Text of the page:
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Juice makers get boost from premium juice market


High prices and high-calorie contents are putting the squeeze on the juice category. The water, ready-to-drink tea and energy drink categories have been grabbing share away from juice as consumers opt for beverages that offer a lower-calorie profile than juice. Higher pricing also has been hurting sales.

“The juice category is at an interesting juncture,” John Sicher, editor of Beverage Digest, said. “Pricing is up substantially, which has a lot to do with the damage to the Florida crop. Dollars for the category are up 3 percent, but that’s due to a 20 percent increase in pricing.”

A Mintel survey revealed that 37 percent of consumers who said they are drinking less juice this year compared with a year ago are doing so because of the rise in juice prices.

Consumers who responded to Mintel’s survey also said they were drinking less juice because they felt juice and juice drinks did not align with their health goals, such as losing weight.

Those trends have meant trouble for the juice and juice drink categories, which Mintel reports to be down 4 percentage points from 2003 to 2007. The market research firm expected the category to decrease annually at a rate of 2.5 percent until 2012.

“Although the household incidence of drinking fruit juice and juice drinks has held steady at 91 percent, the average frequency—a measure of repeat sales—has declined 7 percent during 2003 to 2007,” Garima Goel Lal, a senior analyst at Mintel, said.

“The category overall has been soft,” Gary Hemphill, editor of Beverage Marketing, said. “Health and wellness are the biggest factors in a consumer choice of a beverage.”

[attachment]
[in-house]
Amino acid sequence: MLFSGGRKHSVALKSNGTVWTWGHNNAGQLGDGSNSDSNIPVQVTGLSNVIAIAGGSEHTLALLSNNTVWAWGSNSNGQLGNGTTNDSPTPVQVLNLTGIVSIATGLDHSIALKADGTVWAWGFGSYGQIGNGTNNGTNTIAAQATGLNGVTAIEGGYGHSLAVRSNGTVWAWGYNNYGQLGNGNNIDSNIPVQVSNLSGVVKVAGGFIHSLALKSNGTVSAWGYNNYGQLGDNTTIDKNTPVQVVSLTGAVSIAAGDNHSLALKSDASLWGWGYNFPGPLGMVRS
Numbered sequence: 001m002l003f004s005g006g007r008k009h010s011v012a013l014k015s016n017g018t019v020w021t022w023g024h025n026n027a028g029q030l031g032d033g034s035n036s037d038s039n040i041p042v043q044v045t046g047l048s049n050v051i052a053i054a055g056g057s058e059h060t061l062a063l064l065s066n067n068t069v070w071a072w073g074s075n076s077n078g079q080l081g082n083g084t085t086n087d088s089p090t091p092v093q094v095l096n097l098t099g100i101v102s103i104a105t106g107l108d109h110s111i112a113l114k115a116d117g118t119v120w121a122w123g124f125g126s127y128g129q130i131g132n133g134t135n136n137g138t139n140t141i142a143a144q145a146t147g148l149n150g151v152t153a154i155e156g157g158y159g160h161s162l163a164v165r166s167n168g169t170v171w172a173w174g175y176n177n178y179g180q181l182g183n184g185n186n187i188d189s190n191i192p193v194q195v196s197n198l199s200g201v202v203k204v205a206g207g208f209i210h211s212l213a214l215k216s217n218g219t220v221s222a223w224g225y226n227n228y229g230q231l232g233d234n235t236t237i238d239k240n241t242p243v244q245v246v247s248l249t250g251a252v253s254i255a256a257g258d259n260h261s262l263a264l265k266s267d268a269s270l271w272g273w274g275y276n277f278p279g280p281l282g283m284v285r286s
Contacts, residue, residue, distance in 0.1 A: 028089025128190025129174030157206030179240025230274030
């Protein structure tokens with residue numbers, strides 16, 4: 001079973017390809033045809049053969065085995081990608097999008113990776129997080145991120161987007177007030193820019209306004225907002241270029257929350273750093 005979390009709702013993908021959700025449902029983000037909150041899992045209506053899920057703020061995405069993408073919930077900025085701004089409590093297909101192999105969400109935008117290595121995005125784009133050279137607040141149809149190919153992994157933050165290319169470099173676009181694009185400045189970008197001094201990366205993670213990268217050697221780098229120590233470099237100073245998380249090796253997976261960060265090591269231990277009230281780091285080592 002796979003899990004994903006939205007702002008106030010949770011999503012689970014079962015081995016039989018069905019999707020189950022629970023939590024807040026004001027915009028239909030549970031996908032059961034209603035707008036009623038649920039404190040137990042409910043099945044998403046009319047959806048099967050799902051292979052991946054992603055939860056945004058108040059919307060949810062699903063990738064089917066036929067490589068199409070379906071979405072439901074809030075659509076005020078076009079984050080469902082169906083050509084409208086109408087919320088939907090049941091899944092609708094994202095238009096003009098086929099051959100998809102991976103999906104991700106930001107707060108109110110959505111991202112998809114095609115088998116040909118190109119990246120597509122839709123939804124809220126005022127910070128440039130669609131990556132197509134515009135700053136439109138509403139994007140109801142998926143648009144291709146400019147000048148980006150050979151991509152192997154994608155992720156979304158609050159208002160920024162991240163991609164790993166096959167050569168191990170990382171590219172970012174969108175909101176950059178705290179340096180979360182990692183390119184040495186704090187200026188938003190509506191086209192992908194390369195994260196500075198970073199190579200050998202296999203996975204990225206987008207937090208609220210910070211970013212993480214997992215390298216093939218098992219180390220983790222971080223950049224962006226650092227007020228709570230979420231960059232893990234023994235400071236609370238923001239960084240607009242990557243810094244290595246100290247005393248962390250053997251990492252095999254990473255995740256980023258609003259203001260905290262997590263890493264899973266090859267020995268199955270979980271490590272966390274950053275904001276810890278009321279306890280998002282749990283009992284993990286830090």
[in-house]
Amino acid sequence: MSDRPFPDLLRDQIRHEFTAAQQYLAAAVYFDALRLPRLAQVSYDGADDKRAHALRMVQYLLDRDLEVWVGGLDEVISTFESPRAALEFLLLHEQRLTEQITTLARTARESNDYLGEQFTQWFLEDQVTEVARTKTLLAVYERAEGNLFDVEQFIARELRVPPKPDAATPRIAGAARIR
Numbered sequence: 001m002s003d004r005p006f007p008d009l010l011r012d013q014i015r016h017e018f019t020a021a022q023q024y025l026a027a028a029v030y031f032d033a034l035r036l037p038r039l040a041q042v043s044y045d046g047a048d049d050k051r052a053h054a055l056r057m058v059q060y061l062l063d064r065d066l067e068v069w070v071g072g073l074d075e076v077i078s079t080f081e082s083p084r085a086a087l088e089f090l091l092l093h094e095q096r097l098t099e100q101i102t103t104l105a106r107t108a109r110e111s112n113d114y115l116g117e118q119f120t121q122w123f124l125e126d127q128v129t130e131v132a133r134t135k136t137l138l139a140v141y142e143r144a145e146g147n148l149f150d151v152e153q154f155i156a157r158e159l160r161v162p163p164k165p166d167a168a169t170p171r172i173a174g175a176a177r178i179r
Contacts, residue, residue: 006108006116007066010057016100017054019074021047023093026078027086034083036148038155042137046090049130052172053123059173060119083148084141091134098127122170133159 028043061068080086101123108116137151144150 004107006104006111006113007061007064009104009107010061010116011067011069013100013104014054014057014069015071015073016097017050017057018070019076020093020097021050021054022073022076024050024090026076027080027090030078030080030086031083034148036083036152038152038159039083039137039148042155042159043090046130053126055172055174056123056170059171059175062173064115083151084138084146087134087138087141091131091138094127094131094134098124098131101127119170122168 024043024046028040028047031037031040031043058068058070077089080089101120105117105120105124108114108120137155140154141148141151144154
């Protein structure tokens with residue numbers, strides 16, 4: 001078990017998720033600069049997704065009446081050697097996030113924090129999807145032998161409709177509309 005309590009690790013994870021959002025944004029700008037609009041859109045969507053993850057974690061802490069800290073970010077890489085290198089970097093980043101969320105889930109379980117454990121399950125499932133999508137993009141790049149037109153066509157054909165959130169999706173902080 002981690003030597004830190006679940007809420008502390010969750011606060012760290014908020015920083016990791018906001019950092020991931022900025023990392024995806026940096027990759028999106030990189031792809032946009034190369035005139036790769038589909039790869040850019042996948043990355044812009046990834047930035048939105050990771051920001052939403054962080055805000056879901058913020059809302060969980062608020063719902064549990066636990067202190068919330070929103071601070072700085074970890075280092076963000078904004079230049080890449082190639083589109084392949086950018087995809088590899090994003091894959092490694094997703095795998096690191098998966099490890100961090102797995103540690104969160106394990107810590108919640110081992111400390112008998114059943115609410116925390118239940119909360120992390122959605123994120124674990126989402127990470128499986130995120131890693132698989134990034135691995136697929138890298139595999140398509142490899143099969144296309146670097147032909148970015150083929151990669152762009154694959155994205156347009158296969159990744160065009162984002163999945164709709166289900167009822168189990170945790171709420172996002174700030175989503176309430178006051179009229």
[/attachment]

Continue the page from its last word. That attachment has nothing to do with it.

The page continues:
It’s not all bad news for the category. Products positioned as a healthy choice or as super-premium options gave the category a boost.

“Super premium, fresh-packaged juices, such as Odwalla, Naked and POM Wonderful, are in an area that [has] performed very well, even though the growth is off a small base,” Hemphill said. “Many of these juices contain super fruits that are high in antioxidants.”

Mintel’s Lal believed that fruit flavors with health benefits will be beneficial to the market going forward. “Cranberry-flavored juice drinks, for example, grew 26 percent during the last two years—the highest growth among juice flavors,” she said.

Consumers are willing to pay more for super-premium products that offer a benefit. Pepsi recently introduced Tropicana Pure Valencia, a super-premium orange juice produced from the top 3 percent of the company’s orange harvest. Packaged in a plastic hourglass-shaped bottle with a suggested retail price of $4.49, the product, along with four other SKUs in the line, is Tropicana’s most premium juice.

“Coke has also done well with Simply Orange, which had a 17 percent increase in volume,” Sicher said.

Simply Orange’s not-from-concentrate and all-natural positioning has been a hit with consumers. Coke also has introduced Minute Maid Enhanced Orange Juice, a functional orange juice targeting joint health, heart health and immunity protection.

Beverage Marketing’s Hemphill said there’s also some action in hybrid juice products that bridge multiple categories, such as Hansen Natural Corp.’s Rumba, an energy fruit juice drink. “I think drug retailers should experiment with some of these growing niche categories,” he said.

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